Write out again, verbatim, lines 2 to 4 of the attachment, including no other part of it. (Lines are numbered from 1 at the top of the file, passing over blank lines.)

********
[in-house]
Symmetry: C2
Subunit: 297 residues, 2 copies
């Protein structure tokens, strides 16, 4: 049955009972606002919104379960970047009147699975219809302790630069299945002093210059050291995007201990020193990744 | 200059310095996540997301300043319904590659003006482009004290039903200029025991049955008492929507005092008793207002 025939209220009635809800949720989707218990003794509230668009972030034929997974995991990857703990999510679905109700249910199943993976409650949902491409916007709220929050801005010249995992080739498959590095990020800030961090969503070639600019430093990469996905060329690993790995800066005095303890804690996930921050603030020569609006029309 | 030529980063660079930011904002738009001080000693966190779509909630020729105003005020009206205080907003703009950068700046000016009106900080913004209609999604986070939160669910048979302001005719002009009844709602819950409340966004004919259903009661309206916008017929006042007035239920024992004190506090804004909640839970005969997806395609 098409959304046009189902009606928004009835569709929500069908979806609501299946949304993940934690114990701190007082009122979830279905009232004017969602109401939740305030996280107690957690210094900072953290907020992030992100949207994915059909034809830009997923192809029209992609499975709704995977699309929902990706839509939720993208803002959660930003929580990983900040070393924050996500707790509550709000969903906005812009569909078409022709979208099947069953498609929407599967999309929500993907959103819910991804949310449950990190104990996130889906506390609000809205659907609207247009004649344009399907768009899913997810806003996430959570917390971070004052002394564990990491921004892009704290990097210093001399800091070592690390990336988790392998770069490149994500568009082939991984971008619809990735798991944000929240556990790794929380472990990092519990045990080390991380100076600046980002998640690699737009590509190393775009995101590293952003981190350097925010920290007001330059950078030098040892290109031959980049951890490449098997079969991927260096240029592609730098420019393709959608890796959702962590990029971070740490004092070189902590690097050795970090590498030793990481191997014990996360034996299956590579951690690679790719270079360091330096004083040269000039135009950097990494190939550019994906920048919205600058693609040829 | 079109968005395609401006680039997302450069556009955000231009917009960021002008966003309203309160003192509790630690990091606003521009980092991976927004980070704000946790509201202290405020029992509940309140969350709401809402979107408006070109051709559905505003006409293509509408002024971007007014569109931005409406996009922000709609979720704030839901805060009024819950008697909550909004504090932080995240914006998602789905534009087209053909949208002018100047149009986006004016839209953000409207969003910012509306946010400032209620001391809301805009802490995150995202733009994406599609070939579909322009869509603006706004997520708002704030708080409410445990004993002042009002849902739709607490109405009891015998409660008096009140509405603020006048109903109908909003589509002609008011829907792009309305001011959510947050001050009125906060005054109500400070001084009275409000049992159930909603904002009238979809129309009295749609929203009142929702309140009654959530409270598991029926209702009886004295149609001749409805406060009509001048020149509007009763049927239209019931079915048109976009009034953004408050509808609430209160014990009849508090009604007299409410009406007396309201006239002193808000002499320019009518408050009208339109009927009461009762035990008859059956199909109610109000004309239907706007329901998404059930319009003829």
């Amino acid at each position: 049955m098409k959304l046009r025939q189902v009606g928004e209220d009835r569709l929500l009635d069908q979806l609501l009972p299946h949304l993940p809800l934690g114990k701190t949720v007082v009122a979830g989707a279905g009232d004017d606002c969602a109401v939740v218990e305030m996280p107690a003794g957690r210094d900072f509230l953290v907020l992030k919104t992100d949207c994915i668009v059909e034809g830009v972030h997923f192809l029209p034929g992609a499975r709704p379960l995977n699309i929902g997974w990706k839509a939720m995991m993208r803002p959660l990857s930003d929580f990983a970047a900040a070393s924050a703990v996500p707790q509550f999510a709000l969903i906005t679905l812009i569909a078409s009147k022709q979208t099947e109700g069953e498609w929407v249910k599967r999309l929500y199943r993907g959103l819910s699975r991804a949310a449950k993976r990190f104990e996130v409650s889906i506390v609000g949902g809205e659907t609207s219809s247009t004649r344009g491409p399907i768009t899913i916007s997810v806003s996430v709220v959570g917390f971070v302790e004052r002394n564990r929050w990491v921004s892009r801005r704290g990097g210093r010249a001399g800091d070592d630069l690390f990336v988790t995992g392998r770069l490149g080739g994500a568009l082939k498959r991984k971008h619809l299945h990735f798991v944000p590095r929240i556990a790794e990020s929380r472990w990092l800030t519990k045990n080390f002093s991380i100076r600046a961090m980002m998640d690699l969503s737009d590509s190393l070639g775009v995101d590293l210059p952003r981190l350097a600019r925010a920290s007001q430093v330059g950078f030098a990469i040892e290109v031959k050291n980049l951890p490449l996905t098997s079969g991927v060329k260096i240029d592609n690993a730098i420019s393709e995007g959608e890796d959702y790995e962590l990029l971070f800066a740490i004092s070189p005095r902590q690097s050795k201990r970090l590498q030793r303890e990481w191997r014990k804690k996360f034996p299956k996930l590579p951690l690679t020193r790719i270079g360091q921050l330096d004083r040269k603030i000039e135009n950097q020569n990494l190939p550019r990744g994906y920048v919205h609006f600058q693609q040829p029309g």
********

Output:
Symmetry: C2
Subunit: 297 residues, 2 copies
């Protein structure tokens, strides 16, 4: 049955009972606002919104379960970047009147699975219809302790630069299945002093210059050291995007201990020193990744 | 200059310095996540997301300043319904590659003006482009004290039903200029025991049955008492929507005092008793207002 025939209220009635809800949720989707218990003794509230668009972030034929997974995991990857703990999510679905109700249910199943993976409650949902491409916007709220929050801005010249995992080739498959590095990020800030961090969503070639600019430093990469996905060329690993790995800066005095303890804690996930921050603030020569609006029309 | 030529980063660079930011904002738009001080000693966190779509909630020729105003005020009206205080907003703009950068700046000016009106900080913004209609999604986070939160669910048979302001005719002009009844709602819950409340966004004919259903009661309206916008017929006042007035239920024992004190506090804004909640839970005969997806395609 098409959304046009189902009606928004009835569709929500069908979806609501299946949304993940934690114990701190007082009122979830279905009232004017969602109401939740305030996280107690957690210094900072953290907020992030992100949207994915059909034809830009997923192809029209992609499975709704995977699309929902990706839509939720993208803002959660930003929580990983900040070393924050996500707790509550709000969903906005812009569909078409022709979208099947069953498609929407599967999309929500993907959103819910991804949310449950990190104990996130889906506390609000809205659907609207247009004649344009399907768009899913997810806003996430959570917390971070004052002394564990990491921004892009704290990097210093001399800091070592690390990336988790392998770069490149994500568009082939991984971008619809990735798991944000929240556990790794929380472990990092519990045990080390991380100076600046980002998640690699737009590509190393775009995101590293952003981190350097925010920290007001330059950078030098040892290109031959980049951890490449098997079969991927260096240029592609730098420019393709959608890796959702962590990029971070740490004092070189902590690097050795970090590498030793990481191997014990996360034996299956590579951690690679790719270079360091330096004083040269000039135009950097990494190939550019994906920048919205600058693609040829 | 079109968005395609401006680039997302450069556009955000231009917009960021002008966003309203309160003192509790630690990091606003521009980092991976927004980070704000946790509201202290405020029992509940309140969350709401809402979107408006070109051709559905505003006409293509509408002024971007007014569109931005409406996009922000709609979720704030839901805060009024819950008697909550909004504090932080995240914006998602789905534009087209053909949208002018100047149009986006004016839209953000409207969003910012509306946010400032209620001391809301805009802490995150995202733009994406599609070939579909322009869509603006706004997520708002704030708080409410445990004993002042009002849902739709607490109405009891015998409660008096009140509405603020006048109903109908909003589509002609008011829907792009309305001011959510947050001050009125906060005054109500400070001084009275409000049992159930909603904002009238979809129309009295749609929203009142929702309140009654959530409270598991029926209702009886004295149609001749409805406060009509001048020149509007009763049927239209019931079915048109976009009034953004408050509808609430209160014990009849508090009604007299409410009406007396309201006239002193808000002499320019009518408050009208339109009927009461009762035990008859059956199909109610109000004309239907706007329901998404059930319009003829």